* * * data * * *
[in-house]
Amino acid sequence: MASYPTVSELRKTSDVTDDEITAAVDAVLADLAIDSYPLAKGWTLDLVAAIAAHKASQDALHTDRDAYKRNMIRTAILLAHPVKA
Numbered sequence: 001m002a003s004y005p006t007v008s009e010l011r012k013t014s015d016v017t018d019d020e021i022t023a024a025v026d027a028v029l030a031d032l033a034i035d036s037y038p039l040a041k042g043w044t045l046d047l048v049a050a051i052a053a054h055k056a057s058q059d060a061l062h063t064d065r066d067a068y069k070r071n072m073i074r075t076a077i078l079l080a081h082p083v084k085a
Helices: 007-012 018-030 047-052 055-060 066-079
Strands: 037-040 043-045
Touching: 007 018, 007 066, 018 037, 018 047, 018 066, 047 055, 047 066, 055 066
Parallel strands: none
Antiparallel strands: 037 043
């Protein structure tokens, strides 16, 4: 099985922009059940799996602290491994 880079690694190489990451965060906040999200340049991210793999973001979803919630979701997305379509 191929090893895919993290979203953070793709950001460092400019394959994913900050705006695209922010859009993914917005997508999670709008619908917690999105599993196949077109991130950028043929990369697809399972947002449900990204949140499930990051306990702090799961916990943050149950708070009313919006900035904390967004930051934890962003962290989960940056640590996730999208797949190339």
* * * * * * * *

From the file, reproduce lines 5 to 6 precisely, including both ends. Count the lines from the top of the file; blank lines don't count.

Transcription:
Strands: 037-040 043-045
Touching: 007 018, 007 066, 018 037, 018 047, 018 066, 047 055, 047 066, 055 066